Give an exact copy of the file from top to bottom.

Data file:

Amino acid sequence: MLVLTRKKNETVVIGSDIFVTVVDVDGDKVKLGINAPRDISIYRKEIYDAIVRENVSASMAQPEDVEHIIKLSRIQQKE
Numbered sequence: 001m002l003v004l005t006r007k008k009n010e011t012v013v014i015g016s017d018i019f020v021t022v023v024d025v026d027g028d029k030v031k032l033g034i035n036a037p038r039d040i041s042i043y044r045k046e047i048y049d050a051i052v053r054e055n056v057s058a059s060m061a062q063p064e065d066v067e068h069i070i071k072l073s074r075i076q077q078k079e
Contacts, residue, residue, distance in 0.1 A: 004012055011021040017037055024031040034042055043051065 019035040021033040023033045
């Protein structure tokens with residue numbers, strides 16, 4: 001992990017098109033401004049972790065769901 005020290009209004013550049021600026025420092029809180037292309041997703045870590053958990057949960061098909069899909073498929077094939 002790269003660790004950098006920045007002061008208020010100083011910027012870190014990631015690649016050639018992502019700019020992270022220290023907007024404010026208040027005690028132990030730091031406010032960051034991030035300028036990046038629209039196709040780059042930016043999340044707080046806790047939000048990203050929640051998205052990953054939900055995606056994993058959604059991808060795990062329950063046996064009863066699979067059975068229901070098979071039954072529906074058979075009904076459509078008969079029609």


Amino acid sequence: MLVLTRKKNETVVIGSDIFVTVVDVDGDKVKLGINAPRDISIYRKEIYDAIVRENVSASMAQPEDVEHIIKLSRIQQKE
Numbered sequence: 001m002l003v004l005t006r007k008k009n010e011t012v013v014i015g016s017d018i019f020v021t022v023v024d025v026d027g028d029k030v031k032l033g034i035n036a037p038r039d040i041s042i043y044r045k046e047i048y049d050a051i052v053r054e055n056v057s058a059s060m061a062q063p064e065d066v067e068h069i070i071k072l073s074r075i076q077q078k079e
Contacts, residue, residue, distance in 0.1 A: 004012055011021040017037055024031040034042055043051065 019035040021033040023033045
């Protein structure tokens with residue numbers, strides 16, 4: 001992990017098109033401004049972790065769901 005020290009209004013550049021600026025420092029809180037292309041997703045870590053958990057949960061098909069899909073498929077094939 002790269003660790004950098006920045007002061008208020010100083011910027012870190014990631015690649016050639018992502019700019020992270022220290023907007024404010026208040027005690028132990030730091031406010032960051034991030035300028036990046038629209039196709040780059042930016043999340044707080046806790047939000048990203050929640051998205052990953054939900055995606056994993058959604059991808060795990062329950063046996064009863066699979067059975068229901070098979071039954072529906074058979075009904076459509078008969079029609």